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Designing Movement Around The Board  RSS feed

 
Brandon Tom
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I'm developing a board game. Here's what the board looks like:

The 'X' represents a game piece. Pieces can move around the board in three directions:

The directions are indicted by the red, green, and blue lines.

What I'm trying to figure out the best way to design the movement. Basically this is what I was thinking (I said 'was' because it's a TERRIBLE idea): For each direction there are seven rows. I was going to create three classes that represent the three directions and then create objects that represent the rows. There would be 21 rows in all.

Then I'd create a board space object. Each board space is associated to three rows. From there I'd populate the rows with board spaces and that's the general set up.

How valid movement would be determined:

From there all I'd have to do to figure out the movement was valid was to see if the two board spaces (the one being move to and the one being moved from) have a matching axis, then the move is valid.

This tactic looks like it's going to suck. It's totally ineloquent. As you can imagine, there's a lot of duplicate code which is always a sign of disaster (what would Kathy Sierra do?) I need a new strategy and a new inspiration. Where am I going wrong here?
[ March 30, 2006: Message edited by: Brandon Tom ]
 
Jan Groth
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hi brandon,

that would be my approach:

create one class which holds the board, the position and methods for moving the piece. if you number your fields in a unique way, it's probably enough to hold the fields in a simple list-like structure:


...1...
..2.3..
.4.5.6.

(...)


your only maybe hardcoded part would be to develop the movement. say you got one piece on field 2. then getPossibleDirections(2) would return something like (up left, down right, down left). or, even better, the numbers of allowed fields (1,4,5). "maybe hardcoded" because in the moment i do not see an easy way to calculate the possible directions. this does not mean that no way exists ;-)

moving would be extremely simple, just make sure that the new field is an allowed position.

that't just a rough idea, but i'd say that's a good start for you project.

but: you said nothing about the game itself.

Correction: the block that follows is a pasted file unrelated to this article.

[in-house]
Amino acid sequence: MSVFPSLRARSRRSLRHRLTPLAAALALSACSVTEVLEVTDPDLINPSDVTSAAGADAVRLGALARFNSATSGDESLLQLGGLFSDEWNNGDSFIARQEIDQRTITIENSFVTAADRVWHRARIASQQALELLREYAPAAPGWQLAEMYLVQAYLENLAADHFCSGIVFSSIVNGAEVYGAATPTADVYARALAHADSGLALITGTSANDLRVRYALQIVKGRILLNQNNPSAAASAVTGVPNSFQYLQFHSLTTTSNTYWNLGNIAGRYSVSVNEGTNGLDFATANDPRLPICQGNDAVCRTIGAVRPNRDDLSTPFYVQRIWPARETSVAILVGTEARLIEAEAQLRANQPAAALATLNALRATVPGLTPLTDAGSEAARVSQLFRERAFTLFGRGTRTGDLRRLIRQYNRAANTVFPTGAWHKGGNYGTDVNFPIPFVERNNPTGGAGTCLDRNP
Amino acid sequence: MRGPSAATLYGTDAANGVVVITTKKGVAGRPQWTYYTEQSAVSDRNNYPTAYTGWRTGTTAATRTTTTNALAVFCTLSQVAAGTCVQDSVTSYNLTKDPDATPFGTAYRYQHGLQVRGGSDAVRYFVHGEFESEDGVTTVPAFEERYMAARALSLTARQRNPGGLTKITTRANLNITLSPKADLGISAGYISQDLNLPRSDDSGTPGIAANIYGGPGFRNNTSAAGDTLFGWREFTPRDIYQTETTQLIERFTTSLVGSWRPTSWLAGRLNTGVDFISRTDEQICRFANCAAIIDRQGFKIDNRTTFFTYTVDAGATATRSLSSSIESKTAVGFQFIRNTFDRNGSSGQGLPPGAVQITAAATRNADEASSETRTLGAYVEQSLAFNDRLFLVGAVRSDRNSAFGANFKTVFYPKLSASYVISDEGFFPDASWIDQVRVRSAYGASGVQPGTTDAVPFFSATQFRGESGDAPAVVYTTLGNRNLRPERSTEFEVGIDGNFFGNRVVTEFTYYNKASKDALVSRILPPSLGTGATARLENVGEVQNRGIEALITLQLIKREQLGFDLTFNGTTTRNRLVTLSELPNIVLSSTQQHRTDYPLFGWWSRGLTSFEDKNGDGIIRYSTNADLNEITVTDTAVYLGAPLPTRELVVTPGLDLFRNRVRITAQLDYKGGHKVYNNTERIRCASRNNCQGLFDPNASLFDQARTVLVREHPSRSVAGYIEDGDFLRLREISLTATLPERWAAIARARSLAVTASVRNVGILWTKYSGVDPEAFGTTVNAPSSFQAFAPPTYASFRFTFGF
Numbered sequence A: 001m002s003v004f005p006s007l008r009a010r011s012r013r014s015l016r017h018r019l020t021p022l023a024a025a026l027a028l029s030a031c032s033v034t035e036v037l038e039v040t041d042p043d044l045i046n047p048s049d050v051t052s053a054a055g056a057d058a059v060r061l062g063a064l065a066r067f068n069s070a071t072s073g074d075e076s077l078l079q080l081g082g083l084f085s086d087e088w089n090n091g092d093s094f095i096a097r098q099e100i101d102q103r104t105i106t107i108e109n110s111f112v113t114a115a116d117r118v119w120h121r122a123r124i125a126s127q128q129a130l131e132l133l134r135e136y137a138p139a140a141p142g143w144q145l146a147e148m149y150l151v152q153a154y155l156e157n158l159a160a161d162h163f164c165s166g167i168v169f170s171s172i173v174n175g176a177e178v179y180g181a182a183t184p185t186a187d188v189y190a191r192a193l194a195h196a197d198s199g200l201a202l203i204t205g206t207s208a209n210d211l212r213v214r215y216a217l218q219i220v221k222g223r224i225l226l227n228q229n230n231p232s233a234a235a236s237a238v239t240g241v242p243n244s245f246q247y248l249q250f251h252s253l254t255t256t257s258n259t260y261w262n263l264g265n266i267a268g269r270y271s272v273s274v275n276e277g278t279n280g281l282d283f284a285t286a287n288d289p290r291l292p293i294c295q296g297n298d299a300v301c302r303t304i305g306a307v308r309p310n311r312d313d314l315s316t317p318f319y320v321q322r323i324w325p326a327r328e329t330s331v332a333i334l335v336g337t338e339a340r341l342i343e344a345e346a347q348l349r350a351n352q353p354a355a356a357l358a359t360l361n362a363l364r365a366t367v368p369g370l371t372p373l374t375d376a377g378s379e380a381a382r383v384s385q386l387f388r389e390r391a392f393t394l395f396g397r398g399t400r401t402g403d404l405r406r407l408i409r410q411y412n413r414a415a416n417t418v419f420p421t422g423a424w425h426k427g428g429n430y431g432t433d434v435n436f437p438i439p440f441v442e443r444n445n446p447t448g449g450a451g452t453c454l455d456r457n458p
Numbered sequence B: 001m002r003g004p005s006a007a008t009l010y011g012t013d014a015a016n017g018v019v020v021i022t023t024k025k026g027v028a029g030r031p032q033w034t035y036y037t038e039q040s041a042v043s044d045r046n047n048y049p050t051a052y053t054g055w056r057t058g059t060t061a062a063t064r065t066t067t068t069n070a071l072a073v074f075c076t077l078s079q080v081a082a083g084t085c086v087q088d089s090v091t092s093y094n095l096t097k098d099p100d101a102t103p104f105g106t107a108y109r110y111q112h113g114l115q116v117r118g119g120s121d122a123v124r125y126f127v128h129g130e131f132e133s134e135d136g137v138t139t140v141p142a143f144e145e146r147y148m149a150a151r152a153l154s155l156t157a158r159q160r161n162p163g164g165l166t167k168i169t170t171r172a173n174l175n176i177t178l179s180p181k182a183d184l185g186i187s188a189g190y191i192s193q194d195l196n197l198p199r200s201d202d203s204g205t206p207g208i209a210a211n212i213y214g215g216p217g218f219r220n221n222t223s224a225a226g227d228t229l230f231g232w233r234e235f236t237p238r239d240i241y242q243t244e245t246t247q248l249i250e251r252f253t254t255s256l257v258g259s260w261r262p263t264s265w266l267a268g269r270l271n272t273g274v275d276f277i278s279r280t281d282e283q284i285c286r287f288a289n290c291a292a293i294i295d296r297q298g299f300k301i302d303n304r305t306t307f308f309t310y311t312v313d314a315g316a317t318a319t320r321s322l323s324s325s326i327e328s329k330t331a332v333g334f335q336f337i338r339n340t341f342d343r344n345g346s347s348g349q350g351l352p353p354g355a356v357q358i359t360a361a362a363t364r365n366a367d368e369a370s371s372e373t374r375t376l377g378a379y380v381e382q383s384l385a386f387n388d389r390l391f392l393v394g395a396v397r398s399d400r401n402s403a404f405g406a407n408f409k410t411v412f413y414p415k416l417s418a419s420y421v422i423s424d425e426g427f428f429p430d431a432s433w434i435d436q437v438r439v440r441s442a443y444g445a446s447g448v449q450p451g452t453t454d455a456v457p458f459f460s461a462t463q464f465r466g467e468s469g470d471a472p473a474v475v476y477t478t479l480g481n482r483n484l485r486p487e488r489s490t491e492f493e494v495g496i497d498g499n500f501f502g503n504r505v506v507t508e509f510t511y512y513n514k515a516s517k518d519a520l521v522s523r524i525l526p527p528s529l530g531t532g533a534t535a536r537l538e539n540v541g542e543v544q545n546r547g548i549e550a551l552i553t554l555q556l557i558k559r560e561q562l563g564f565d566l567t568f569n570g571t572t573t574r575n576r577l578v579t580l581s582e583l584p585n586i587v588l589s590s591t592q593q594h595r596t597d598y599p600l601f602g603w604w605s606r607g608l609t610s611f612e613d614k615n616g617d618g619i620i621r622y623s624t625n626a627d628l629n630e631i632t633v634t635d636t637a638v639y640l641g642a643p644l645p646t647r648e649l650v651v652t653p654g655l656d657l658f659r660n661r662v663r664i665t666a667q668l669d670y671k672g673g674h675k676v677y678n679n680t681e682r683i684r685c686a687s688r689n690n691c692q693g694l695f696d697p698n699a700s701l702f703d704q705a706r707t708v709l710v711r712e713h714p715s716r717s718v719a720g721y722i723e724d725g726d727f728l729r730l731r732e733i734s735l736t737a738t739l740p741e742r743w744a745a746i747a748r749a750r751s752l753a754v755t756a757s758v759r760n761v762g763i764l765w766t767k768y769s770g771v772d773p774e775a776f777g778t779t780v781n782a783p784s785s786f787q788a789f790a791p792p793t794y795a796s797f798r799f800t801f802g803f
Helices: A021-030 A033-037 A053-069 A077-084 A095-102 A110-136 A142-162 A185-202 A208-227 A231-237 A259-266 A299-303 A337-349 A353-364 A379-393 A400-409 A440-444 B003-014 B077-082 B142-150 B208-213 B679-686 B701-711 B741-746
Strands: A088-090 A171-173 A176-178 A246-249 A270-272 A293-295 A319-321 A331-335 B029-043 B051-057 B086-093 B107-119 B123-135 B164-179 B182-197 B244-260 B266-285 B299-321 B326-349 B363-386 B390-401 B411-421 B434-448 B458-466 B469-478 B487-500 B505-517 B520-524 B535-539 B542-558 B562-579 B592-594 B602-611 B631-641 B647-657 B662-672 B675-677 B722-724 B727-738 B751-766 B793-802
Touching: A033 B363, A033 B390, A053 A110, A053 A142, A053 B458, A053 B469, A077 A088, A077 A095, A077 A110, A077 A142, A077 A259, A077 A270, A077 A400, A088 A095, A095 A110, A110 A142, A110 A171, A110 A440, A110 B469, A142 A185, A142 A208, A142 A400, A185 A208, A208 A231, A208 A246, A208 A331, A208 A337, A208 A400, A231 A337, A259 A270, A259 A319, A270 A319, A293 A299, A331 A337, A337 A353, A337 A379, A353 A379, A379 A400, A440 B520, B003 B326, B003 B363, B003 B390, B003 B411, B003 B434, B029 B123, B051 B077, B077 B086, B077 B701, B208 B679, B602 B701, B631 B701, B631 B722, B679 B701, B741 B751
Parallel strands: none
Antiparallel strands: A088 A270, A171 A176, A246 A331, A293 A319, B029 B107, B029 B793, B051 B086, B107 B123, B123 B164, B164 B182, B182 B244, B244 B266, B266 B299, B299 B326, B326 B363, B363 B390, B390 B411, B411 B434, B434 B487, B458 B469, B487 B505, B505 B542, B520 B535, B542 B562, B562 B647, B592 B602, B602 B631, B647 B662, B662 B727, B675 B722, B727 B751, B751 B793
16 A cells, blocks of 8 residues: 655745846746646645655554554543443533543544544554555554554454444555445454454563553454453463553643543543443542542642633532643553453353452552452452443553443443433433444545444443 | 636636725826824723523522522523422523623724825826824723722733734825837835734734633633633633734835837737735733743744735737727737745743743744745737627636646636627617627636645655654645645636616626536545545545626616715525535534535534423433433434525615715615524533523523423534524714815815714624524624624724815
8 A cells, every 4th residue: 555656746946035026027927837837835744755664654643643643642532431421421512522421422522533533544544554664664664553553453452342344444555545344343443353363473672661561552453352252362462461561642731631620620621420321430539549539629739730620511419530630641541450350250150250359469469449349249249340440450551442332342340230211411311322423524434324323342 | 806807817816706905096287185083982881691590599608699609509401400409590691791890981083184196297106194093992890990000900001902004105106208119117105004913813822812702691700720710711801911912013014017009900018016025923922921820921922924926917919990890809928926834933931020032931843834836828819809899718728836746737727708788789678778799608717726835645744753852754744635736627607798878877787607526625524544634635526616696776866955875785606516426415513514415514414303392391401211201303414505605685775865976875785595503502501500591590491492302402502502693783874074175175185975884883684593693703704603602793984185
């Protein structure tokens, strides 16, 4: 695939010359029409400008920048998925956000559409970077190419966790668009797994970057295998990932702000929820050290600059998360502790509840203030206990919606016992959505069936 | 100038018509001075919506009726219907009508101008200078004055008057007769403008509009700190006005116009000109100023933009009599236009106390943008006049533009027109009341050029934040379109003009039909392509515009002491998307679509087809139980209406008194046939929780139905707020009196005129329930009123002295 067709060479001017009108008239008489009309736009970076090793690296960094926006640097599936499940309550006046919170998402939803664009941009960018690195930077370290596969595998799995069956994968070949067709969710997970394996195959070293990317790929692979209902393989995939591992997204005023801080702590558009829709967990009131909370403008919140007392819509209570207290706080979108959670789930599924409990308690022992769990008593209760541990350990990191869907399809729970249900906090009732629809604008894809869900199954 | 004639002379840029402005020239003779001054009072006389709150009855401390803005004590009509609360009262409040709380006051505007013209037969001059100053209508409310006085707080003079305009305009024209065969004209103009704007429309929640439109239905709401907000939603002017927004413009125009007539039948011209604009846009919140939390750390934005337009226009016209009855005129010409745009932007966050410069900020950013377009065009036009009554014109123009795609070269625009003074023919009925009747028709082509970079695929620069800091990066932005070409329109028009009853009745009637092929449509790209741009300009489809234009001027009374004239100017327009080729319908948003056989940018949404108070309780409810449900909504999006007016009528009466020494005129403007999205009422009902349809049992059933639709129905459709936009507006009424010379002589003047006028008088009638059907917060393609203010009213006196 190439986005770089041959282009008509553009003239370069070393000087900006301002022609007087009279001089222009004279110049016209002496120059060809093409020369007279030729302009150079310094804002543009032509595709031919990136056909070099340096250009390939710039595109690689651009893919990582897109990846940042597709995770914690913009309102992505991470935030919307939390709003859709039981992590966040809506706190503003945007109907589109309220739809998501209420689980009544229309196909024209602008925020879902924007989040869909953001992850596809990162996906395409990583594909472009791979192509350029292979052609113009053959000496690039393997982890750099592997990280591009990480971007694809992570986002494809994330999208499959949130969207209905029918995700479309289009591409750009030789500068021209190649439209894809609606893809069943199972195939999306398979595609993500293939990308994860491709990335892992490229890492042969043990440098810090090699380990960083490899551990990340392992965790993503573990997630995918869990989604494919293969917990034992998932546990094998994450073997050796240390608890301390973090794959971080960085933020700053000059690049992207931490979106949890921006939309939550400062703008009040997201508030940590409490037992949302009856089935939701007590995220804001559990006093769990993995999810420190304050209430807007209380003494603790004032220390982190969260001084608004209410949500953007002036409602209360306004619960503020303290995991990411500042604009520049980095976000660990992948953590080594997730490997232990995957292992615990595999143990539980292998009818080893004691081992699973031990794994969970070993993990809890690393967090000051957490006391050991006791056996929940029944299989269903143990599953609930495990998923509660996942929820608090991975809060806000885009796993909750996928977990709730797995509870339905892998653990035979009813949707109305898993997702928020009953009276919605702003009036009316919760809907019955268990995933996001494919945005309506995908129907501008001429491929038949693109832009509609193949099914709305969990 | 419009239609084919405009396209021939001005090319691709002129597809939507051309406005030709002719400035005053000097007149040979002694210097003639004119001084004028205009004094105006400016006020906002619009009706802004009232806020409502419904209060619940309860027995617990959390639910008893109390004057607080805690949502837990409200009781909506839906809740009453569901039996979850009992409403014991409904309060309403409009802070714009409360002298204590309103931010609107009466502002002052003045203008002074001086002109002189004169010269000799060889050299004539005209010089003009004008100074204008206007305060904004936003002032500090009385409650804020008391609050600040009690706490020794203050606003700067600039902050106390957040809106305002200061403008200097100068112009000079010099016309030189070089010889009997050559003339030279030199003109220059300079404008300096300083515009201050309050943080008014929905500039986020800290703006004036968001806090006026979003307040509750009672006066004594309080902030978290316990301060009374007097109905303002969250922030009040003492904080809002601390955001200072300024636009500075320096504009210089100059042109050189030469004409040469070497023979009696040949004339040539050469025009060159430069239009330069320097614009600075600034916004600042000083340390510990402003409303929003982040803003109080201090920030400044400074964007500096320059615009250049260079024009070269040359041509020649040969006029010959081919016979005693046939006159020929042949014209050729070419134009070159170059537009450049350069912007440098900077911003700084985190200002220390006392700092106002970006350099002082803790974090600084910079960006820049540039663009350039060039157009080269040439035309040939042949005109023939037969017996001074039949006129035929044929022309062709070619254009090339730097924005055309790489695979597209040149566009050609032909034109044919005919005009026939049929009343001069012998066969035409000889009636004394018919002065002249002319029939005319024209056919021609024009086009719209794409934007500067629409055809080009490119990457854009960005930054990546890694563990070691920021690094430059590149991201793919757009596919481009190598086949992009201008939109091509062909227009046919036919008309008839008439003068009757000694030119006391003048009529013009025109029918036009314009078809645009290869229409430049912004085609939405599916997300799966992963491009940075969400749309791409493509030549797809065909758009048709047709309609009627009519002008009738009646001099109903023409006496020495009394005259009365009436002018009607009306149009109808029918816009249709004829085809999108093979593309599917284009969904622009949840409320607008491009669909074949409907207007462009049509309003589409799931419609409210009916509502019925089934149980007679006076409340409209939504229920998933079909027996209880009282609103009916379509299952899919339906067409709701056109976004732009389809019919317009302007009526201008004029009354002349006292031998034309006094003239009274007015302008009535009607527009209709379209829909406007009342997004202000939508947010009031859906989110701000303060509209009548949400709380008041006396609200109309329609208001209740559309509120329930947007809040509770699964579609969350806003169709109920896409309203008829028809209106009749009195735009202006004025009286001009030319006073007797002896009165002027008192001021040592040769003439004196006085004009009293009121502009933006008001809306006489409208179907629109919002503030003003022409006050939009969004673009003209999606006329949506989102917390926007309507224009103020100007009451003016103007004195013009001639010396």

if you need functionality for (for example) judging the constellation of pieces (what is a good constellation to reach?, what is a bad one to avoid?), you need to find a clever way to weight a constellation. for example you might need a method which returns the number of pieces in the center region of the board, while another method might have to count the pieces which a blocked

those method would perfectly fit into the board class (or a subclass / delegate), but make sure that you don't have needs which require different design ;-)

hope it helped a bit,
jan
 
Jeremy Tartaglia
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Actually, I think using a simple 2D array for the board would be the easiest solution:



The '.' characters would have to be "no such square" markers of some kind, while the S characters would be either empty squares, or the piece which currently occupies the square. Then, movement is a breeze:

Let x,y be the array position of a legal piece on the board. The possible moves are:

y-2 (up)
y+2 (down)
x+1,y-1 (up and right)
x+1,y+1 (down and right)
x-1,y-1 (up and left)
x-1,y+1 (up and right)

If these expressions yield impossible squares, you know for a fact the move is invalid. Of course, for multiple square moves, it will probably be simpler on programming to go one step at a time, but then I don't know the rules to your game.

You could even pad the board with a few extra columns so that you won't have to check for "out of bounds" exceptions.
[ March 31, 2006: Message edited by: Jeremy Tartaglia ]
 
Brandon Tom
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A few people on another forum have suggested that I look into isometric game programming to help me with this design issue. I went out and purchased a very cheap book on the topic and I'm going to peel through it when I get a chance.

If it turns out to be useful, I'll report what I've learned. I've also decided to look at the source code of MegaTek, which is a java version of a board game called Battle Tek.

I've often heard that joining an open source project is often the best way to learn the ropes. The only problem is that it's hard to nail down what it is that I'm trying to learn when, really, I want to learn everything.
 
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